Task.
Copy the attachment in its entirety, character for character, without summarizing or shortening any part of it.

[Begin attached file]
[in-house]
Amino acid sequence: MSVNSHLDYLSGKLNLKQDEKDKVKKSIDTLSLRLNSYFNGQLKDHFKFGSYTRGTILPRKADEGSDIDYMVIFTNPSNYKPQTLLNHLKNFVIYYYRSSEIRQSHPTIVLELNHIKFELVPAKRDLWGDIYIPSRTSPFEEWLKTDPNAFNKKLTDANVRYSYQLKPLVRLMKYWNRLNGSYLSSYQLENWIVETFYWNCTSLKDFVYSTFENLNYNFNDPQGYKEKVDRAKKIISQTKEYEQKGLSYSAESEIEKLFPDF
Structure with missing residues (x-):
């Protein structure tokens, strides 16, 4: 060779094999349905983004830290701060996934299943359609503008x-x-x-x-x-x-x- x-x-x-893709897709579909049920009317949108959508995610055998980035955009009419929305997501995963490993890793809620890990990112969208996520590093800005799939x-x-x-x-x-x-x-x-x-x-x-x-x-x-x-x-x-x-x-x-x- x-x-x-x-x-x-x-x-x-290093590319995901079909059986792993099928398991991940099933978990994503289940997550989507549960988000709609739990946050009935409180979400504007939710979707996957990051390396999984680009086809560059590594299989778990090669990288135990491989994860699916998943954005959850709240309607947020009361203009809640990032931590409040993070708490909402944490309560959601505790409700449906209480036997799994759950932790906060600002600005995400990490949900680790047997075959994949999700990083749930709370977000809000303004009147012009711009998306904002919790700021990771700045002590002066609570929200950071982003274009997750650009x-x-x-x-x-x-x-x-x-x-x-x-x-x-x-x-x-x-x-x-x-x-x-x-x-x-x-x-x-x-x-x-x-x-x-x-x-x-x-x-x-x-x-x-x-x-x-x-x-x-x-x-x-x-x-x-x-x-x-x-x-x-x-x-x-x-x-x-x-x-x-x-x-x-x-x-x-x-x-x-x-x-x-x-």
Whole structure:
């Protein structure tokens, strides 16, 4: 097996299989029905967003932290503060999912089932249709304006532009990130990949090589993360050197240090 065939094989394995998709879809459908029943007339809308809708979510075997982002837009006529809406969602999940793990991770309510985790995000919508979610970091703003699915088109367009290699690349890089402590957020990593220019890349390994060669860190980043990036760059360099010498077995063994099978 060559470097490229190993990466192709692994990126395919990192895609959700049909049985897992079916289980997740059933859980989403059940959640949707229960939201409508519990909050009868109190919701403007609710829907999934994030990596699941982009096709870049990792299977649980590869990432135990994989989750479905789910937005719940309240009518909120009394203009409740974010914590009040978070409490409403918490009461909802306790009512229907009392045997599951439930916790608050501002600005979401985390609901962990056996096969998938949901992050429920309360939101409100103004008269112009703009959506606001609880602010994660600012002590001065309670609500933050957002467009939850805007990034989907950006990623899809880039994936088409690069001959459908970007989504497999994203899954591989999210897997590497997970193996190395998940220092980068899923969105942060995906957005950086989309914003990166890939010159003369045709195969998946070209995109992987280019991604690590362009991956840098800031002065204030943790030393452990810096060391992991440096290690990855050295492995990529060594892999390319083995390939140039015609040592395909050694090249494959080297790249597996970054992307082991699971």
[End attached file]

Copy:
[in-house]
Amino acid sequence: MSVNSHLDYLSGKLNLKQDEKDKVKKSIDTLSLRLNSYFNGQLKDHFKFGSYTRGTILPRKADEGSDIDYMVIFTNPSNYKPQTLLNHLKNFVIYYYRSSEIRQSHPTIVLELNHIKFELVPAKRDLWGDIYIPSRTSPFEEWLKTDPNAFNKKLTDANVRYSYQLKPLVRLMKYWNRLNGSYLSSYQLENWIVETFYWNCTSLKDFVYSTFENLNYNFNDPQGYKEKVDRAKKIISQTKEYEQKGLSYSAESEIEKLFPDF
Structure with missing residues (x-):
């Protein structure tokens, strides 16, 4: 060779094999349905983004830290701060996934299943359609503008x-x-x-x-x-x-x- x-x-x-893709897709579909049920009317949108959508995610055998980035955009009419929305997501995963490993890793809620890990990112969208996520590093800005799939x-x-x-x-x-x-x-x-x-x-x-x-x-x-x-x-x-x-x-x-x- x-x-x-x-x-x-x-x-x-290093590319995901079909059986792993099928398991991940099933978990994503289940997550989507549960988000709609739990946050009935409180979400504007939710979707996957990051390396999984680009086809560059590594299989778990090669990288135990491989994860699916998943954005959850709240309607947020009361203009809640990032931590409040993070708490909402944490309560959601505790409700449906209480036997799994759950932790906060600002600005995400990490949900680790047997075959994949999700990083749930709370977000809000303004009147012009711009998306904002919790700021990771700045002590002066609570929200950071982003274009997750650009x-x-x-x-x-x-x-x-x-x-x-x-x-x-x-x-x-x-x-x-x-x-x-x-x-x-x-x-x-x-x-x-x-x-x-x-x-x-x-x-x-x-x-x-x-x-x-x-x-x-x-x-x-x-x-x-x-x-x-x-x-x-x-x-x-x-x-x-x-x-x-x-x-x-x-x-x-x-x-x-x-x-x-x-």
Whole structure:
């Protein structure tokens, strides 16, 4: 097996299989029905967003932290503060999912089932249709304006532009990130990949090589993360050197240090 065939094989394995998709879809459908029943007339809308809708979510075997982002837009006529809406969602999940793990991770309510985790995000919508979610970091703003699915088109367009290699690349890089402590957020990593220019890349390994060669860190980043990036760059360099010498077995063994099978 060559470097490229190993990466192709692994990126395919990192895609959700049909049985897992079916289980997740059933859980989403059940959640949707229960939201409508519990909050009868109190919701403007609710829907999934994030990596699941982009096709870049990792299977649980590869990432135990994989989750479905789910937005719940309240009518909120009394203009409740974010914590009040978070409490409403918490009461909802306790009512229907009392045997599951439930916790608050501002600005979401985390609901962990056996096969998938949901992050429920309360939101409100103004008269112009703009959506606001609880602010994660600012002590001065309670609500933050957002467009939850805007990034989907950006990623899809880039994936088409690069001959459908970007989504497999994203899954591989999210897997590497997970193996190395998940220092980068899923969105942060995906957005950086989309914003990166890939010159003369045709195969998946070209995109992987280019991604690590362009991956840098800031002065204030943790030393452990810096060391992991440096290690990855050295492995990529060594892999390319083995390939140039015609040592395909050694090249494959080297790249597996970054992307082991699971």